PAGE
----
CAS RN:118-96-7

Health Effects

    • A) TOXICOLOGY: Oxidization of iron in the hemoglobin ring to the ferric form leads to the inability of hemoglobin to bind or transport oxygen. Heme in the ferric (Fe3+) state also induces a hemoglobin conformational change increasing oxygen affinity of the remaining binding sites and decreasing the oxygen dissociation. Cyanosis occurs when more than 1.5 g/dL of hemoglobin is in the methemoglobin form, compared to 5 g/dL of deoxyhemoglobin to yield similar cyanosis. Methemoglobinemia may result from acquired or congenital causes (hemoglobin M or cytochrome b5 reductase deficiency). Acquired methemoglobinemia is caused by strong oxidizing agents, most commonly local anesthetics and dapsone, though many drugs have been implicated. In addition, recreational drugs, industrial chemicals, as well as medical conditions such as pediatric gastrointestinal infections, sepsis, surgery, or sickle cell crisis are rarely capable of inducing acquired methemoglobinemia.
    • B) EPIDEMIOLOGY: Methemoglobinemia is common, but clinically significant symptoms are uncommon, and severe toxicity is rare.
      • 1) The severity of the clinical effects observed is dependent on the quantity of methemoglobin present and are referable to the decreased oxygen-carrying capacity of the blood.
      • 2) MILD TO MODERATE TOXICITY: Cyanosis occurs at methemoglobin levels more than 1.5 g/dL. However, most patients do not have the severe ischemic symptoms that might be expected from other disease processes with the same degree of cyanosis. Cyanosis that is unresponsive to supplemental oxygen, or significant cyanosis in a patient with minimal symptoms should raise the suspicion of methemoglobinemia.
      • 3) SEVERE TOXICITY: Clinical severity increases with increased methemoglobin levels. Patients that have methemoglobin levels greater than 30% are more likely to develop severe symptoms.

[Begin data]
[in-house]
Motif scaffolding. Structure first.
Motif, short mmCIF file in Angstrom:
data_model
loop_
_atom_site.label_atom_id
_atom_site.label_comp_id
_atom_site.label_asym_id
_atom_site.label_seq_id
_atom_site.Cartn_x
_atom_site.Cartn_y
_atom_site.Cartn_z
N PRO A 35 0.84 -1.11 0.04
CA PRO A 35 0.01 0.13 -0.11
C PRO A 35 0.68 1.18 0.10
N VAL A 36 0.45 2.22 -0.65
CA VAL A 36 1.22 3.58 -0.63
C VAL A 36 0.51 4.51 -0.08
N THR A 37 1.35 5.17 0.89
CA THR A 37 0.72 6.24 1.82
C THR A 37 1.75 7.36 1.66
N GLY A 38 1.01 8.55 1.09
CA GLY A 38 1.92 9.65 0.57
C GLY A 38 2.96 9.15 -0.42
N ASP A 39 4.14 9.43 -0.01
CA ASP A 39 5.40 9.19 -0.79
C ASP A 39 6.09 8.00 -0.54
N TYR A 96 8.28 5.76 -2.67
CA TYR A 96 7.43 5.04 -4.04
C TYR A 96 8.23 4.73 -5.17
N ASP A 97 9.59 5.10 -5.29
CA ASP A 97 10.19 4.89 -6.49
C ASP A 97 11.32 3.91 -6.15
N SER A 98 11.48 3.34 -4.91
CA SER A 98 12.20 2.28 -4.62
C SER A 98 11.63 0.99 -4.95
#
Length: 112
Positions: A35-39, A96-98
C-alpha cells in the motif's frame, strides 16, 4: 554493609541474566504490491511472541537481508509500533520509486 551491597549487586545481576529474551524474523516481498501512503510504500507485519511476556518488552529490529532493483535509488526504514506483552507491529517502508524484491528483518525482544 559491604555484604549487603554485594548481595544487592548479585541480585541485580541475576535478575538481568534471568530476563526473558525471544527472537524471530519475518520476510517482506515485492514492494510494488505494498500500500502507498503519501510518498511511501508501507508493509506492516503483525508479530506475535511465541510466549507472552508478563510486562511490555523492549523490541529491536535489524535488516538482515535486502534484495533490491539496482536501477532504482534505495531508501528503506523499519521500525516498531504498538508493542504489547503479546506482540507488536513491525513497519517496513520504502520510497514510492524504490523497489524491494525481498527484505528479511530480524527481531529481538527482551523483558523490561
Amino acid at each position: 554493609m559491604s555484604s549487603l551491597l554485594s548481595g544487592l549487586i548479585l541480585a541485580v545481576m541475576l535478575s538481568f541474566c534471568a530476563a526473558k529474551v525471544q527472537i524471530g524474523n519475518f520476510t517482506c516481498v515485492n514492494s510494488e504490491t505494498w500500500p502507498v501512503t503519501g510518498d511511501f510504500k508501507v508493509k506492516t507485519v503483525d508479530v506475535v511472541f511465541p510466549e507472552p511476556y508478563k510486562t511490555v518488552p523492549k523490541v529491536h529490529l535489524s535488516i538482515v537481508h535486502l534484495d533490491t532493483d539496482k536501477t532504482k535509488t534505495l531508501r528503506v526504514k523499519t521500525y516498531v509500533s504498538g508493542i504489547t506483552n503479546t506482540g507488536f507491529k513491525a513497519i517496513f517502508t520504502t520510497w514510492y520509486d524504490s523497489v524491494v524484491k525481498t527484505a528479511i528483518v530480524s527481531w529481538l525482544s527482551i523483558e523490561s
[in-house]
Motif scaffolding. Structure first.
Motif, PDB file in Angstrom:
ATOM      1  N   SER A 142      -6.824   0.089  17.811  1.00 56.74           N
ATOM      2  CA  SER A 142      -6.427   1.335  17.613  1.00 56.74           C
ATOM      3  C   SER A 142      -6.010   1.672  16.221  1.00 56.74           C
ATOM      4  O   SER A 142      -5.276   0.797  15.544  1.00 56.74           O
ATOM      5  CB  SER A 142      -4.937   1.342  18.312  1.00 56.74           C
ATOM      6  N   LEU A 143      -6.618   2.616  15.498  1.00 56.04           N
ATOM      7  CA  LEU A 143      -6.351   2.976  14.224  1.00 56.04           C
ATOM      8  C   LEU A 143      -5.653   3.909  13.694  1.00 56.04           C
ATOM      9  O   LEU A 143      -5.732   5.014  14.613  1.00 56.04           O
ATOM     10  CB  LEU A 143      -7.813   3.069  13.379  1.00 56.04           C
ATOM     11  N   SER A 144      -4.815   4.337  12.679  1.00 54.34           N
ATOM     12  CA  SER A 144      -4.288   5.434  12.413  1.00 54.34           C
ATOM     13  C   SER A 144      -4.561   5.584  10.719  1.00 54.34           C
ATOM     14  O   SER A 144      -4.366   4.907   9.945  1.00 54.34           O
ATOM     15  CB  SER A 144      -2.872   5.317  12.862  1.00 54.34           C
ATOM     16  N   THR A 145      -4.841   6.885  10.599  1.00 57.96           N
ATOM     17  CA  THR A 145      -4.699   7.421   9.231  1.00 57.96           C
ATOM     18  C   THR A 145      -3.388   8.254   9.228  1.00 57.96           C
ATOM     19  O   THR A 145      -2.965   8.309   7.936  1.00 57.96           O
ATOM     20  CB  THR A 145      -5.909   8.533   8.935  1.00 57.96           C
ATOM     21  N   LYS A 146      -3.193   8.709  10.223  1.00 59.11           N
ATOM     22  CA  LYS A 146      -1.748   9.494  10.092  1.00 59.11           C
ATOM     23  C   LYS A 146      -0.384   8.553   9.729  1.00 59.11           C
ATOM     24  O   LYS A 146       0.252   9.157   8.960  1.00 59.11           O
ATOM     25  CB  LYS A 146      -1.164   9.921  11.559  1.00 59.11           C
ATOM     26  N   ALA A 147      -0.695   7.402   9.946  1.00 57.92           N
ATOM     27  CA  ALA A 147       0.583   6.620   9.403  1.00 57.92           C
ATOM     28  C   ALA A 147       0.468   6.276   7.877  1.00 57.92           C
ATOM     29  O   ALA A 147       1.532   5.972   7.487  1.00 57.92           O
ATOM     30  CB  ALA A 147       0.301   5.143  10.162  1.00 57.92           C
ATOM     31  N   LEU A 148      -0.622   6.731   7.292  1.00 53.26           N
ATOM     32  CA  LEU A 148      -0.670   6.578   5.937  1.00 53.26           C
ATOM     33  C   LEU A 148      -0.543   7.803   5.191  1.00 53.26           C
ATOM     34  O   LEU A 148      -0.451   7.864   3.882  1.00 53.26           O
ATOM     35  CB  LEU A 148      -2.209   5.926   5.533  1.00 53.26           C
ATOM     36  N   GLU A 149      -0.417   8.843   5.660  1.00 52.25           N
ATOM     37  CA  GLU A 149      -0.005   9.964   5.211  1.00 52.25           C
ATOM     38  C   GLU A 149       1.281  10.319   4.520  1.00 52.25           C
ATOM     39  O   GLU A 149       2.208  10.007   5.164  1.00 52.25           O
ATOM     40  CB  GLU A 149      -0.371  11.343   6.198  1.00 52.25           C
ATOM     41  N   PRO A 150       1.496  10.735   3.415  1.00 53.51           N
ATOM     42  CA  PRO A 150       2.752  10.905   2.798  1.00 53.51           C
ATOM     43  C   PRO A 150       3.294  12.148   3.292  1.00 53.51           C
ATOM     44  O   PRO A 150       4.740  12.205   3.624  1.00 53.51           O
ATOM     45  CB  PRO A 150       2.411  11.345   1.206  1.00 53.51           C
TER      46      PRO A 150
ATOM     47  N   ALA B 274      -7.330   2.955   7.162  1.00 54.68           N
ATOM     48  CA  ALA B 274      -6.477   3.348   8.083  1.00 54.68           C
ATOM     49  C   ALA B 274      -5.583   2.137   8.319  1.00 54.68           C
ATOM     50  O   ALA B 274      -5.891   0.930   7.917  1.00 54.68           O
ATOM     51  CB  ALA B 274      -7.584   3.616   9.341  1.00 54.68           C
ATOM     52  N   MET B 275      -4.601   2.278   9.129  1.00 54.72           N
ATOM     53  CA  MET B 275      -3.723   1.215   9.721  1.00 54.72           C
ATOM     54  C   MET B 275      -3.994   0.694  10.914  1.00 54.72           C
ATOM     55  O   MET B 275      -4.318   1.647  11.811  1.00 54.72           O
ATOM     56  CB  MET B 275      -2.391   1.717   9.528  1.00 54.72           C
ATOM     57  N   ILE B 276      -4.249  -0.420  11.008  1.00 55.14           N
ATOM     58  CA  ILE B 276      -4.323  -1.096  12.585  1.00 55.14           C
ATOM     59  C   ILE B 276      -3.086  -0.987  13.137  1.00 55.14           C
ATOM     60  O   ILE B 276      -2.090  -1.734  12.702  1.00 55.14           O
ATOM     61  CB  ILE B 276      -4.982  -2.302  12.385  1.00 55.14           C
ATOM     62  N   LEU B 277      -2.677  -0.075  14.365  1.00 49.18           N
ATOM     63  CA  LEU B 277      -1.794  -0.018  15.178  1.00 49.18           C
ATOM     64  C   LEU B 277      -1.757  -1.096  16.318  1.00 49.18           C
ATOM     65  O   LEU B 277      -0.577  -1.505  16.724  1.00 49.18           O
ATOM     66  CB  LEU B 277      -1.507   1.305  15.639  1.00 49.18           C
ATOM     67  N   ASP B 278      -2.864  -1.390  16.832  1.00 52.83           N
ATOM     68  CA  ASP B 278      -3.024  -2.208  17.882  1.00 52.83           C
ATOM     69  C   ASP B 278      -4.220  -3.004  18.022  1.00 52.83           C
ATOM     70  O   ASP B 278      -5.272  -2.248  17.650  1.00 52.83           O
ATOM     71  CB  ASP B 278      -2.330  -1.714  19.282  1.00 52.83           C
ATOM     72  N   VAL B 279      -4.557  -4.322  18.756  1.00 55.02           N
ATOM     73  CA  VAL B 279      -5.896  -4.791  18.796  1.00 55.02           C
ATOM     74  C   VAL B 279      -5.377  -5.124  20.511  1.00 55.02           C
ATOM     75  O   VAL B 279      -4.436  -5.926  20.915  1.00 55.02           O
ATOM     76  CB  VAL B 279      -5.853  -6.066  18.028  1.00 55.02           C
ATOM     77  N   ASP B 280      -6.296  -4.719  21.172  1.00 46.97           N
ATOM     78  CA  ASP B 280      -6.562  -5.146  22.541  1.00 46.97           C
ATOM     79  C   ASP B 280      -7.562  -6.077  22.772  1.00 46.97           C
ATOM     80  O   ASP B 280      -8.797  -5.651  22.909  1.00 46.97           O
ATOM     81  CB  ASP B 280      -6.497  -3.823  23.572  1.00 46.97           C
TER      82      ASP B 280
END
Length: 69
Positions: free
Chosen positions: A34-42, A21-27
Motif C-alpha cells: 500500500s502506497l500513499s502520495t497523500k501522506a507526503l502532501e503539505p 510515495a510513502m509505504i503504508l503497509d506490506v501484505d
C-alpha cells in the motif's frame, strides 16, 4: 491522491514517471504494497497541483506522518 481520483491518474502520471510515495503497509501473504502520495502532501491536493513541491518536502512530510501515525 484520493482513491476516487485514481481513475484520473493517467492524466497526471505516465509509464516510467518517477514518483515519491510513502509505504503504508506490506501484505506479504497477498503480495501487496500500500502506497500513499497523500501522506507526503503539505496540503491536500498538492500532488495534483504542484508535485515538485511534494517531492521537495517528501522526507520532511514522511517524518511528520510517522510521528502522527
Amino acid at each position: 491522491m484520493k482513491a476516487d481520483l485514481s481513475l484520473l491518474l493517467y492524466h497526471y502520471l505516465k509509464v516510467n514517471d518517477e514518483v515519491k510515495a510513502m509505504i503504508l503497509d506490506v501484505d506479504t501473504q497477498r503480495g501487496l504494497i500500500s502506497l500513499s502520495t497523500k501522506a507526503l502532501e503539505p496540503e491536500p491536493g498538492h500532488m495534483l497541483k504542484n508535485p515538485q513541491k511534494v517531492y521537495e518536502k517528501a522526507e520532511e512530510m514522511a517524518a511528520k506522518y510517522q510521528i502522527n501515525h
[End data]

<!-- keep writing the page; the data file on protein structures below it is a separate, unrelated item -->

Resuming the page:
• 4) ACID/BASE: Metabolic acidosis may develop secondary to tissue hypoxia or seizures.
      • 5) CARDIOVASCULAR: Tachycardia is common. Dysrhythmias and hypotension may occur in severe cases. Myocardial infarction and abrupt cardiac arrest are rare manifestations of severe methemoglobinemia.
      • 6) GASTROINTESTINAL: Nausea and vomiting may occur.
      • 7) HEMATOLOGIC: Chocolate brown blood is classic. Hemolytic anemia may develop with some agents that cause methemoglobinemia. Hemolysis may occur in individuals with glucose-6-phosphate dehydrogenase (G6PD) deficiency.
      • 8) NEUROLOGIC: CNS effects include headache, dizziness, altered consciousness, confusion, lethargy progressing to coma, seizures and syncope which usually occurs secondary to hypoxia at levels typically of 20% or greater.
      • 9) RESPIRATORY: Dyspnea and tachypnea may occur. 1
      • 0) RISK FACTORS: Patients with underlying medical conditions such as chronic obstructive pulmonary disease (COPD), anemia or coronary artery disease, recent surgery, or increased metabolic demand (ie, shock, infection) are more susceptible to developing symptoms. The very young (less than 3 months old) and the elderly are at greater risk of developing symptomatic methemoglobinemia. In addition, individuals with a genetic deficiency of G-6-PD or nicotinamide adenine dinucleotide methemoglobin reductase are at greater risk of developing methemoglobinemia.
  • A) In the United States, commercially prepared formulas and foods for infants do not put the infant at risk for methemoglobinemia; however, infants fed formula prepared with well water remain at risk for methemoglobinemia secondary to nitrate poisoning.
    • A) A SPECIFIC REVIEW on the clinical effects and treatment of individuals exposed to this agent HAS NOT YET BEEN PREPARED. The following pertains to the GENERAL EVALUATION and TREATMENT of individuals exposed to potentially toxic chemicals.
      • 1) Exposed individuals should have a careful, thorough medical history and physical examination performed, looking for any abnormalities. Exposure to chemicals with a strong odor often results in such nonspecific symptoms as headache, dizziness, weakness, and nausea.
      • 1) Many chemicals cause irritation of the eyes, skin, and respiratory tract. In severe cases respiratory tract irritation can progress to ARDS/acute lung injury, which may be delayed in onset for up to 24 to 72 hours in some cases.
      • 2) Irritation or burns of the esophagus or gastrointestinal tract are also possible if caustic or irritant chemicals are ingested.
      • 1) A number of chemical agents produce an allergic hypersensitivity dermatitis or asthma with bronchospasm and wheezing with chronic exposure.
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